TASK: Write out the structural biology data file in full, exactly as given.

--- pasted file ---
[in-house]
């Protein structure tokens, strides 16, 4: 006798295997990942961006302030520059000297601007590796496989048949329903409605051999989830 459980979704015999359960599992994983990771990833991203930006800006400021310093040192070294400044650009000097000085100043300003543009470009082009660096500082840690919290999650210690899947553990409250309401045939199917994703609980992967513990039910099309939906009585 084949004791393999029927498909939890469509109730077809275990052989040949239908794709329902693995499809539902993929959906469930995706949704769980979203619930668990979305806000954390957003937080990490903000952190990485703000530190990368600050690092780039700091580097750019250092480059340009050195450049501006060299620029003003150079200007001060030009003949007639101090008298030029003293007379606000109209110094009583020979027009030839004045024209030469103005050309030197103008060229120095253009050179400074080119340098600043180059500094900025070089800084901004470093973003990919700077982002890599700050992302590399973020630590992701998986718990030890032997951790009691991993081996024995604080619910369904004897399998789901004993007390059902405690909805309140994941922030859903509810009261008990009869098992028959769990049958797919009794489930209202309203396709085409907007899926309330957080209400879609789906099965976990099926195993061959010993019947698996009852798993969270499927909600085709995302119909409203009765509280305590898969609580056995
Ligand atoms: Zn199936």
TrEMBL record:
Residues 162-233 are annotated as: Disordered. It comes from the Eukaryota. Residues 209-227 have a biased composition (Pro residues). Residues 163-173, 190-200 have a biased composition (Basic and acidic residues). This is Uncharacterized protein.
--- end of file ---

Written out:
[in-house]
């Protein structure tokens, strides 16, 4: 006798295997990942961006302030520059000297601007590796496989048949329903409605051999989830 459980979704015999359960599992994983990771990833991203930006800006400021310093040192070294400044650009000097000085100043300003543009470009082009660096500082840690919290999650210690899947553990409250309401045939199917994703609980992967513990039910099309939906009585 084949004791393999029927498909939890469509109730077809275990052989040949239908794709329902693995499809539902993929959906469930995706949704769980979203619930668990979305806000954390957003937080990490903000952190990485703000530190990368600050690092780039700091580097750019250092480059340009050195450049501006060299620029003003150079200007001060030009003949007639101090008298030029003293007379606000109209110094009583020979027009030839004045024209030469103005050309030197103008060229120095253009050179400074080119340098600043180059500094900025070089800084901004470093973003990919700077982002890599700050992302590399973020630590992701998986718990030890032997951790009691991993081996024995604080619910369904004897399998789901004993007390059902405690909805309140994941922030859903509810009261008990009869098992028959769990049958797919009794489930209202309203396709085409907007899926309330957080209400879609789906099965976990099926195993061959010993019947698996009852798993969270499927909600085709995302119909409203009765509280305590898969609580056995
Ligand atoms: Zn199936």
TrEMBL record:
Residues 162-233 are annotated as: Disordered. It comes from the Eukaryota. Residues 209-227 have a biased composition (Pro residues). Residues 163-173, 190-200 have a biased composition (Basic and acidic residues). This is Uncharacterized protein.